Wal-Mart buys storage Sharks from IBM

Wal-Mart Stores Inc. says it will install storage servers from IBM Corp. to form the backbone of the retail giant’s multimillion-dollar mainframe consolidation and storage initiative.

The project, which industry experts estimate will cost US$30 million to US$50 million, will use IBM’s newest z900 mainframes and Enterprise Storage Servers – nicknamed “Sharks” – to handle data-processing, reconciliation, debit and credit transactions, as well as product replenishment tasks for Wal-Mart’s 4,000-plus stores – 177 of which are in Canada.

“The IBM Shark and eServer z900 have given us a significant improvement in our processing time, in some cases allowing us to cut our processing time for some jobs by more than half,” said Dan Phillips, vice-president of technology support and operations at Wal-Mart.

The Shark’s upgradability for performance and capacity was also an important part of Wal-Mart’s decision to replace its existing EMC Corp. storage solution with Big Blue’s technology, said Bob Samson an Albany, N.Y.-based IBM vice-president of sales.

“The origins of this (deal) go back a number of years. IBM invented the storage business 30, 40 years ago and for many, many years we were the dominant players, but we made a few bad decisions along the way – we didn’t have the right products at the right time – and we lost a lot of that market presence, predominantly to EMC.

“It’s a large deal for IBM, and in a negative way it’s a large deal for EMC,” Samson said. He also characterized this contract as IBM’s biggest win on the storage comeback trail it has been following for the last few years.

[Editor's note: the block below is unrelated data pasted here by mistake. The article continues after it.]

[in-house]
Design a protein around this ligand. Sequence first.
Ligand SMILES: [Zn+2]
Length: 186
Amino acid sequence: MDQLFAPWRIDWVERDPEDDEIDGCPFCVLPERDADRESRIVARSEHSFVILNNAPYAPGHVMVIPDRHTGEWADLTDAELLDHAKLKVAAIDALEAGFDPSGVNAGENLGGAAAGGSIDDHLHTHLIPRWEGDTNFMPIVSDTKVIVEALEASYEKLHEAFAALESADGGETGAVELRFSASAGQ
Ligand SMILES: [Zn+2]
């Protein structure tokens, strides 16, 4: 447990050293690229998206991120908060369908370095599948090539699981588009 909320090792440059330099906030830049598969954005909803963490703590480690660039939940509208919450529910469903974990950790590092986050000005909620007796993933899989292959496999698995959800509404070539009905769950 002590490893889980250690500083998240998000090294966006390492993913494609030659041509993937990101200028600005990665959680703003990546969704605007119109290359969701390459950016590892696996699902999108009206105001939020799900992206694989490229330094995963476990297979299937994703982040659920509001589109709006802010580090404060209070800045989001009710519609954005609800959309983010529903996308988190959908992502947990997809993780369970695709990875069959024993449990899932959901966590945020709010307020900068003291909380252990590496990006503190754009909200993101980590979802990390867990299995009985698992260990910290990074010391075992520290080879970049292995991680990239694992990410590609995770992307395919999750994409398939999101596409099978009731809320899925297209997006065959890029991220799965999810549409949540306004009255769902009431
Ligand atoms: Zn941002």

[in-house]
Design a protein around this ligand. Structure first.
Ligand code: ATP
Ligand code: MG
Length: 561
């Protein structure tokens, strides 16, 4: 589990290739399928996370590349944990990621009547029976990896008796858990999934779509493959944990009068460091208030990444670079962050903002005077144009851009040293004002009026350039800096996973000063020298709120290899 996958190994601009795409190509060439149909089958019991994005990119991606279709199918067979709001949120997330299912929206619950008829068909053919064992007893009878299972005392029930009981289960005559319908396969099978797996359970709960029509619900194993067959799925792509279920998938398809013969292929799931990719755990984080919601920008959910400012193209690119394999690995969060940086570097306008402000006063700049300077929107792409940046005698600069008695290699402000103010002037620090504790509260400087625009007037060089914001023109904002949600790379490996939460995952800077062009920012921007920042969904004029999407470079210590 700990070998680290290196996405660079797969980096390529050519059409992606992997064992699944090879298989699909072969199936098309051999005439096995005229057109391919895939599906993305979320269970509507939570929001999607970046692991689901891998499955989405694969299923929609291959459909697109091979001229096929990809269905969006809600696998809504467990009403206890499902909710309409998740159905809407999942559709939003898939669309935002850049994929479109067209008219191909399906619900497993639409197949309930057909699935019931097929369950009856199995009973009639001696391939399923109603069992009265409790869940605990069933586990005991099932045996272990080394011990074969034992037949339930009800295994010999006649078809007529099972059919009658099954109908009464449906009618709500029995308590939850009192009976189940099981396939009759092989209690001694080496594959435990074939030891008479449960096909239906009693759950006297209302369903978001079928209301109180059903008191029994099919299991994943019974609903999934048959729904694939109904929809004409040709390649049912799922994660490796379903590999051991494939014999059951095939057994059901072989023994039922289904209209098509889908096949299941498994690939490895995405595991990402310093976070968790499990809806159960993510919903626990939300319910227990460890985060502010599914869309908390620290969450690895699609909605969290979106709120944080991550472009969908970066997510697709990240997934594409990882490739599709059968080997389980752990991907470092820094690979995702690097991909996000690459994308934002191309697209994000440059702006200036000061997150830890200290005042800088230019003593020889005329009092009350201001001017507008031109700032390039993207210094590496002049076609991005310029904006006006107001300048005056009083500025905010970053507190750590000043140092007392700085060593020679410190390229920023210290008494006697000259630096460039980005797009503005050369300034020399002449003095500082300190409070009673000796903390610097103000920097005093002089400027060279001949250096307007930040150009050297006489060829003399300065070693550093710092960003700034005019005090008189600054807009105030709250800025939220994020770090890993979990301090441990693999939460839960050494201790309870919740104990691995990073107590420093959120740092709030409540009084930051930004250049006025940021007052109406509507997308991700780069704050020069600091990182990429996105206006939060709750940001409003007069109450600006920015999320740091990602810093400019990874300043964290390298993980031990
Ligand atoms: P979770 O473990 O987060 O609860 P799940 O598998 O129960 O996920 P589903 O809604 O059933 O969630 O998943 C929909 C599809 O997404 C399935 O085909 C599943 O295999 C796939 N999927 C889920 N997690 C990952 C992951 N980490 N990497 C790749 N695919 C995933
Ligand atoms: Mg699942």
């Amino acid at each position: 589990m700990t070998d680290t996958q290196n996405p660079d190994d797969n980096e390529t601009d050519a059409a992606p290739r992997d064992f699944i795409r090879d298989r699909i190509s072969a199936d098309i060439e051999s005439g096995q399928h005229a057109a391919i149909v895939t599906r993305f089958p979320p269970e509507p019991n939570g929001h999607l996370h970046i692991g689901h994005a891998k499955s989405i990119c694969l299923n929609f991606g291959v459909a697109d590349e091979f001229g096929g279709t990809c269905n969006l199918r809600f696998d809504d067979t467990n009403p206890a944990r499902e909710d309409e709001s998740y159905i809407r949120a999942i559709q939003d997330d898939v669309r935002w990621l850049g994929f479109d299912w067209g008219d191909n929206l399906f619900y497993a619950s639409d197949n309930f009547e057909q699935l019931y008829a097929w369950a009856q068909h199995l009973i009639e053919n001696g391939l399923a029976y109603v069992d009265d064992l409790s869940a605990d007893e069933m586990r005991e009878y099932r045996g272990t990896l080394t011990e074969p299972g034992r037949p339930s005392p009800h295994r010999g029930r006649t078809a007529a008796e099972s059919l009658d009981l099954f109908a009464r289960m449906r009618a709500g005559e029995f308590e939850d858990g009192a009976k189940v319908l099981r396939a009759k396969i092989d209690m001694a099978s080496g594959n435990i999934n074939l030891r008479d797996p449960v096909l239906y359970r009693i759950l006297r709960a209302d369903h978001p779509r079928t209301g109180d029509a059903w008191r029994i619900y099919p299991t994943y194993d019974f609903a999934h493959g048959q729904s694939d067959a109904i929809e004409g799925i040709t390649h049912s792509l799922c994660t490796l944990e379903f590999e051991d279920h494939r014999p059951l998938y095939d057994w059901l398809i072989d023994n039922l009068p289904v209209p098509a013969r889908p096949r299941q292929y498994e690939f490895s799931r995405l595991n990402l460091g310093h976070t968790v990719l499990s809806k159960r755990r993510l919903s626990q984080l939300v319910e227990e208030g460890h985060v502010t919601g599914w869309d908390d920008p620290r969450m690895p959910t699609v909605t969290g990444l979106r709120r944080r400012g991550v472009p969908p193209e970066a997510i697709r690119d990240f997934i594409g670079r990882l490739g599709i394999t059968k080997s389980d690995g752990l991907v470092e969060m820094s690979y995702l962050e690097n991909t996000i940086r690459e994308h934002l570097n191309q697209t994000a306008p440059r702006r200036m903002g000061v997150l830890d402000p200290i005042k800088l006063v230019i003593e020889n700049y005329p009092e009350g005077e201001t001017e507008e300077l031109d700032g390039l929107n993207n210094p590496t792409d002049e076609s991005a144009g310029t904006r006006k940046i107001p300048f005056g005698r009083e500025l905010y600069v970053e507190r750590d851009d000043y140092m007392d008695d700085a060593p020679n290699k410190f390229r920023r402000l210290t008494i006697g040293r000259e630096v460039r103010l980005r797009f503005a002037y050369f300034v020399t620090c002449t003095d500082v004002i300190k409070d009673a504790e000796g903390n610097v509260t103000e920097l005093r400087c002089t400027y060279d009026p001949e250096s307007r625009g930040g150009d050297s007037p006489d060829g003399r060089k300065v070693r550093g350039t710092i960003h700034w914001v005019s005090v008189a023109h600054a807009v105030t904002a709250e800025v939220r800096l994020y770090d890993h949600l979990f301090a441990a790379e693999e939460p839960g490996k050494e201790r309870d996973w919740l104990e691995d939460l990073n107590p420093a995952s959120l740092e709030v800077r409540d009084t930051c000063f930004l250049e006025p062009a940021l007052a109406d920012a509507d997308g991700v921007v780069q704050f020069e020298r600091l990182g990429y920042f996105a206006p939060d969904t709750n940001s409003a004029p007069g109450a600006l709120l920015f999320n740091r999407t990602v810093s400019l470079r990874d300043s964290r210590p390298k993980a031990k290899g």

Analysts agree that this contract comes at a time of extraordinarily fierce competition between IBM and storage competitors EMC, Hitachi Data Systems Corp. and Sun Microsystems Inc. It is also a turnaround of sorts for IBM’s Shark Enterprise Storage Server, which until recently had performance problems, said Arun Taneja, an analyst at The Enterprise Storage Group Inc. in Milford, Mass.

“Early information we were getting from the field was that Shark’s performance was horrible and it couldn’t grow capacity beyond a certain point,” he said. Those problems have apparently been ironed out, Taneja said.

Mike Kahn, chairman of The Clipper Group Inc. in Wellesley, Mass., said the Wal-Mart contract significantly turns up the heat on storage market leader EMC. “Pricing has got to be an issue. Whenever you’re spending this much money, you’re always looking for the best price available,” Kahn said.

“IBM and Hitachi in particular are fighting back very hard,” Taneja said. “Our information is that EMC is selling products at a price-per-gigabyte rate that is almost unheard of for the class of systems they are.”

According to IBM’s Samson, the overall storage business in Canada is very analogous to what’s happening around the world.

“EMC has been the dominant leader for a number of years, and we’re having a gritty comeback in storage. We’ve had a number of Canadian wins where we’ve replaced EMC…the Wal-Mart example is just an incredibly large example of what’s happening,” Samson said.

Sun announced Oct. 17 that it too had landed a contract with another retailer, Ross Stores Inc. The Newark, Calif.-based company, which operates 438 retail outlets, will use Sun Fire 6800 servers to manage corporate accounts, supplies and human resources.

– with files from Lucas Mearian of IDG News Service